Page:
Unfortunately, the reputation of the Bahnhofsviertel is not good for a reason. Criminality, drug trafficking, poverty and prostitution are happening right at the foot of the skyscrapers, in which well-paid bankers close expensive deals. This is why calling the Bahnhofsviertel a hip neighborhood would be derisive.

The Bahnhofsviertel still is a tough place.

The Bahnhofsviertel still is a tough place.

Nevertheless, the area has developed. No other district in Frankfurt features as much magnificent historic architecture as the Bahnhofsviertel. Also many of these buildings have been renovated in recent years. This is why the neighborhood reminds of Berlin’s Neukölln in a way, even though the contrasts might be even more pronounced in Frankfurt. Barely affordable apartments and trendy cafés can be found almost next-door to drug counseling centers, brothels and gambling halls.

One of the many reconstructed historic buildings on Kaiserstraße.

One of the many reconstructed historic buildings on Kaiserstraße.

Rents in the gray streets of the area have been relatively low for a long period of time attracting young and creative people. By now, there is a range of cool cafés and restaurants especially on Kaiserstraße and the streets south of it. However, while indulging in a flat white or pulled pork sandwich, one shouldn’t forget about the predicament the district is still stuck in.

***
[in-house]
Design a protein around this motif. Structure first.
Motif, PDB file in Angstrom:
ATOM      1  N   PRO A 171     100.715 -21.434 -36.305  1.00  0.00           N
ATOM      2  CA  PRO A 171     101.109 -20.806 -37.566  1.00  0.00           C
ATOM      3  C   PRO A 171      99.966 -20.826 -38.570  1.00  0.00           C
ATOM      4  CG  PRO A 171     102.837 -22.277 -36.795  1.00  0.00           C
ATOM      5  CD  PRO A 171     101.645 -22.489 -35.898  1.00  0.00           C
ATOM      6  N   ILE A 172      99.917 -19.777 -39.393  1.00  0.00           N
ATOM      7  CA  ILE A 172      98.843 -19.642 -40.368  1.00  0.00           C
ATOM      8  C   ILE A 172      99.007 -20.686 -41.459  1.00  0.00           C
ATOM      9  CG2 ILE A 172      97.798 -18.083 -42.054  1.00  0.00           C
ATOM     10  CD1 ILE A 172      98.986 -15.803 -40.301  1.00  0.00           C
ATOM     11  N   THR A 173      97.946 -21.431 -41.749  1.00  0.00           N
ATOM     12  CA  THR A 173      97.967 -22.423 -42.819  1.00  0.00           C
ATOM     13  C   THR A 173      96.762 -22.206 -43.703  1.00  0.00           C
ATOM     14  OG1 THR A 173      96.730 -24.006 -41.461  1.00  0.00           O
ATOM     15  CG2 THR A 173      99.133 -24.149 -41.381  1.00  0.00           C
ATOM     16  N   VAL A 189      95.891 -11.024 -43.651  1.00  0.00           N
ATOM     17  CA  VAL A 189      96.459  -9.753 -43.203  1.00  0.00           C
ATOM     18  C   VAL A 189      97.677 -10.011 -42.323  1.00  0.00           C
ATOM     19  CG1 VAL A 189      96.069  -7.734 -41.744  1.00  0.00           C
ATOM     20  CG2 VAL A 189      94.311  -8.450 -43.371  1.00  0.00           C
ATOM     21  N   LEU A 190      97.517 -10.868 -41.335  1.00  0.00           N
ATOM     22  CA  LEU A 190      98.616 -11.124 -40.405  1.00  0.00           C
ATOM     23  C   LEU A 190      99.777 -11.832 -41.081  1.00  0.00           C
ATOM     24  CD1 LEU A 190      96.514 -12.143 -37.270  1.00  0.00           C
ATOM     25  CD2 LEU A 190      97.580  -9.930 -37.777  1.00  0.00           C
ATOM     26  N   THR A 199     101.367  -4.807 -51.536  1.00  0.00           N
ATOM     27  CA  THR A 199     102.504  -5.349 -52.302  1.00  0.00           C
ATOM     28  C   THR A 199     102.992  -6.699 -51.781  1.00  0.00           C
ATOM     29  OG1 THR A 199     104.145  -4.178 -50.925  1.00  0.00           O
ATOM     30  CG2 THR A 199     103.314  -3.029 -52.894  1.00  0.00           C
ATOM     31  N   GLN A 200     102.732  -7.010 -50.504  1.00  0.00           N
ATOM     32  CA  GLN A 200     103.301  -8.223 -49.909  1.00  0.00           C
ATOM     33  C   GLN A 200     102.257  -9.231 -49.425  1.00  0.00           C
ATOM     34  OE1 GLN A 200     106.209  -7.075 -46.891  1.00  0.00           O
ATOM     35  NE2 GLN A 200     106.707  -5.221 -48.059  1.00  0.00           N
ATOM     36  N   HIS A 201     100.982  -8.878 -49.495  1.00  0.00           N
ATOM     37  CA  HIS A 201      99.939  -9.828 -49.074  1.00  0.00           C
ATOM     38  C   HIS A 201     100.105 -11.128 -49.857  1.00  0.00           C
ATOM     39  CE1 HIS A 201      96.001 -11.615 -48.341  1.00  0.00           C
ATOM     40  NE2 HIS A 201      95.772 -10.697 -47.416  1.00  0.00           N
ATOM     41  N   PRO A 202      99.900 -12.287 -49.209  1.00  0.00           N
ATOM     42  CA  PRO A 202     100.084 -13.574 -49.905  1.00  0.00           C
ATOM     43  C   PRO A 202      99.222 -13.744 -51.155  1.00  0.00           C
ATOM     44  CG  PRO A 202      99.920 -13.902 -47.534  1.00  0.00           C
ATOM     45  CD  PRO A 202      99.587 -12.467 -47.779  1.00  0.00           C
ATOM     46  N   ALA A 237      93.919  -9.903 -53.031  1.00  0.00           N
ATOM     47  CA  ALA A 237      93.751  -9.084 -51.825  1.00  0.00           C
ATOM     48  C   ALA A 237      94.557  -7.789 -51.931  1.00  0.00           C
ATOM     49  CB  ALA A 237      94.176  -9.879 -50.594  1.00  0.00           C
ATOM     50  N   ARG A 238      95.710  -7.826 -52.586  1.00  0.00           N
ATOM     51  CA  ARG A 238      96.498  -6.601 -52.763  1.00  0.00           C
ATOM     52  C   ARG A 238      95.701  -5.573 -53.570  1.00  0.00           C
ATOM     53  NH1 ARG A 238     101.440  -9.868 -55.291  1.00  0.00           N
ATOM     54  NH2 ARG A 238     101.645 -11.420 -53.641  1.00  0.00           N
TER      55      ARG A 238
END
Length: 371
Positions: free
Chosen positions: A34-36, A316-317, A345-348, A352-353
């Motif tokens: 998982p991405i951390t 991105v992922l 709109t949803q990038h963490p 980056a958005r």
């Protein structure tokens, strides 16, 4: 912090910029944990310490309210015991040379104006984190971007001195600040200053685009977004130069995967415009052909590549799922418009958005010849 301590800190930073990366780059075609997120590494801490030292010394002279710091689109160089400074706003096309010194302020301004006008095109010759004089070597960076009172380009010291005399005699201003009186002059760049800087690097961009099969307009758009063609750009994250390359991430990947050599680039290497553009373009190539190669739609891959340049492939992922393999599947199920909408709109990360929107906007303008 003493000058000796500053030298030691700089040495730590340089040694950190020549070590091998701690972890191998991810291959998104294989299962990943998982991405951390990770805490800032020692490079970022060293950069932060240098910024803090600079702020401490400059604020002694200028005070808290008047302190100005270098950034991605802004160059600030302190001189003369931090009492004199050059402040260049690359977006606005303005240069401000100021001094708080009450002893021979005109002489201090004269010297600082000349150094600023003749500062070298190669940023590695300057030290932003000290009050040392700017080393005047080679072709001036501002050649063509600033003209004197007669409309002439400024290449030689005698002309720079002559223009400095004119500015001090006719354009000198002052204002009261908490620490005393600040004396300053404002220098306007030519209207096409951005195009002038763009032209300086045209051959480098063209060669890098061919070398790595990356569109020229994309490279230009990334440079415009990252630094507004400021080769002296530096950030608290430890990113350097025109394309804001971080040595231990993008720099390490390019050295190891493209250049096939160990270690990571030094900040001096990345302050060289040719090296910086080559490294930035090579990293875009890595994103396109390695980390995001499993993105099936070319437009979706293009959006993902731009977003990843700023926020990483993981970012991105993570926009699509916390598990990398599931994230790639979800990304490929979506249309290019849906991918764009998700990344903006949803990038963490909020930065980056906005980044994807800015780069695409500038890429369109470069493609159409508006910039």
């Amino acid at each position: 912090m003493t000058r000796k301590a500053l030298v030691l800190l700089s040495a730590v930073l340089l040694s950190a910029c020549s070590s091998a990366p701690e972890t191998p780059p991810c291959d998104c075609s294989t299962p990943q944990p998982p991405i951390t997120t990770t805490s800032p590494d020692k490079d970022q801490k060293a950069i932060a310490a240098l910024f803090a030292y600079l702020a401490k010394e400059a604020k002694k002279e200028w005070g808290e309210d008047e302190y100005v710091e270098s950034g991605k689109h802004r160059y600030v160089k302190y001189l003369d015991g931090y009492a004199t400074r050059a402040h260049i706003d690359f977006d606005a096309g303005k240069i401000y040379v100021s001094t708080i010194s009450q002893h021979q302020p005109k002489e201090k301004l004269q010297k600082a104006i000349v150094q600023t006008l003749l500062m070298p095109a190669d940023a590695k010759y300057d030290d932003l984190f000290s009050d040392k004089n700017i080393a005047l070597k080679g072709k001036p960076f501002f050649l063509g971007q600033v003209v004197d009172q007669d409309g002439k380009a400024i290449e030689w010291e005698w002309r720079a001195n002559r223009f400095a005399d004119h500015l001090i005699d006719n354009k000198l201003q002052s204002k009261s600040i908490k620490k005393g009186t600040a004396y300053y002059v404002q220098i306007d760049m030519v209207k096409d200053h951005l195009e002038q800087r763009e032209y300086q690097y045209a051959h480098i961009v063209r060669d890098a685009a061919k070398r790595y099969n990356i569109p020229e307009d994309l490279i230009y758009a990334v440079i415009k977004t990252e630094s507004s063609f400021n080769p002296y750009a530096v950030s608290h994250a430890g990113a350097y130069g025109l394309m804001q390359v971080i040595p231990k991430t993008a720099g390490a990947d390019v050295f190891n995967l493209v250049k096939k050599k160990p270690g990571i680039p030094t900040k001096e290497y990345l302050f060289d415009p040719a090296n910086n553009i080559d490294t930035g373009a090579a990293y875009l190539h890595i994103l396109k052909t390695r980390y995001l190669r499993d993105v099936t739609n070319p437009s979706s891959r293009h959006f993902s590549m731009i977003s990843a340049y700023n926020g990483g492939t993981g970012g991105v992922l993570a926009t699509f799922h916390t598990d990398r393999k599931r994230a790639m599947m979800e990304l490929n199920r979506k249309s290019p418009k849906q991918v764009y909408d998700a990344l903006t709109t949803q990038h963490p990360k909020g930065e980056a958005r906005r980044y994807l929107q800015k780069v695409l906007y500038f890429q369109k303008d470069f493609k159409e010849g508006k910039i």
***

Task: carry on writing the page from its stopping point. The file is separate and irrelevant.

Schweizer Straße

On the other side of river Main, much is happening on Schweizer Straße. On the rear part the street is designed as an alley with high trees on both sides. There are a few old inns like the Gemaltes Haus that offer apple cider and cooked cheese in proper style.

At Gemaltes Haus in Schweizer Straße they serve traditional Hessian dishes.

At Gemaltes Haus in Schweizer Straße they serve traditional Hessian dishes.

Towards the city, the street is less green, so pedestrians have a great view on the skyscrapers of the central business district. There are also quite a few hip cafés, bakeries and shops.

Ein Geschäft für Neonbuchstaben in der Nähe der Schweizer Straße.

A shop selling illuminated letters close to Schweizer Straße.

Goethe Tower

Frankfurt is basically located in the middle of a forest close to the Tanus. Nature is thus only a stone’s throw away. For example, Goethe Tower in the Waldspielpark is great for a little trip. From April to October, the wooden tower of 43 meters is open to public. From the top, visitors have a brilliant view over the whole city. By the way, the main picture for this article was taken on Goethe Tower.